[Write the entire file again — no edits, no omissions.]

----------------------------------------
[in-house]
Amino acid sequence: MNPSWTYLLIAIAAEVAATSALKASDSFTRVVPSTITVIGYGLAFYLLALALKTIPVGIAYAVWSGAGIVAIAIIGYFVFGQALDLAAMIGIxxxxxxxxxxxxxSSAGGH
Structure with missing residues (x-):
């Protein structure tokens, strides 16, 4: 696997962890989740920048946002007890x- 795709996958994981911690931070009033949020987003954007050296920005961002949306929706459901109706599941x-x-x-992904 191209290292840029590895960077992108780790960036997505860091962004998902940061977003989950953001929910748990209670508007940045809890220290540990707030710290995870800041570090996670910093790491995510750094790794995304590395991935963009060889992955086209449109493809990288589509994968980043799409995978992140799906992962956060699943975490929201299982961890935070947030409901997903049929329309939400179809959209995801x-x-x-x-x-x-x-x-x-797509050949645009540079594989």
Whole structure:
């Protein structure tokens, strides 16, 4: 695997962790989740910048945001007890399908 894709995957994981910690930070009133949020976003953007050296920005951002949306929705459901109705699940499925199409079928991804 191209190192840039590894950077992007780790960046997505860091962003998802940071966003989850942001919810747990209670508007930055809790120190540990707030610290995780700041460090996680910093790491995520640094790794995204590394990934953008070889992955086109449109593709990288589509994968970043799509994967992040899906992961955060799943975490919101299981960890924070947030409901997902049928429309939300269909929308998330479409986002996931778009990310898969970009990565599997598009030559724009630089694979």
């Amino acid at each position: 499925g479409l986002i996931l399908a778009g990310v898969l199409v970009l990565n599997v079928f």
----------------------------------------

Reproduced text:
[in-house]
Amino acid sequence: MNPSWTYLLIAIAAEVAATSALKASDSFTRVVPSTITVIGYGLAFYLLALALKTIPVGIAYAVWSGAGIVAIAIIGYFVFGQALDLAAMIGIxxxxxxxxxxxxxSSAGGH
Structure with missing residues (x-):
């Protein structure tokens, strides 16, 4: 696997962890989740920048946002007890x- 795709996958994981911690931070009033949020987003954007050296920005961002949306929706459901109706599941x-x-x-992904 191209290292840029590895960077992108780790960036997505860091962004998902940061977003989950953001929910748990209670508007940045809890220290540990707030710290995870800041570090996670910093790491995510750094790794995304590395991935963009060889992955086209449109493809990288589509994968980043799409995978992140799906992962956060699943975490929201299982961890935070947030409901997903049929329309939400179809959209995801x-x-x-x-x-x-x-x-x-797509050949645009540079594989």
Whole structure:
């Protein structure tokens, strides 16, 4: 695997962790989740910048945001007890399908 894709995957994981910690930070009133949020976003953007050296920005951002949306929705459901109705699940499925199409079928991804 191209190192840039590894950077992007780790960046997505860091962003998802940071966003989850942001919810747990209670508007930055809790120190540990707030610290995780700041460090996680910093790491995520640094790794995204590394990934953008070889992955086109449109593709990288589509994968970043799509994967992040899906992961955060799943975490919101299981960890924070947030409901997902049928429309939300269909929308998330479409986002996931778009990310898969970009990565599997598009030559724009630089694979």
């Amino acid at each position: 499925g479409l986002i996931l399908a778009g990310v898969l199409v970009l990565n599997v079928f």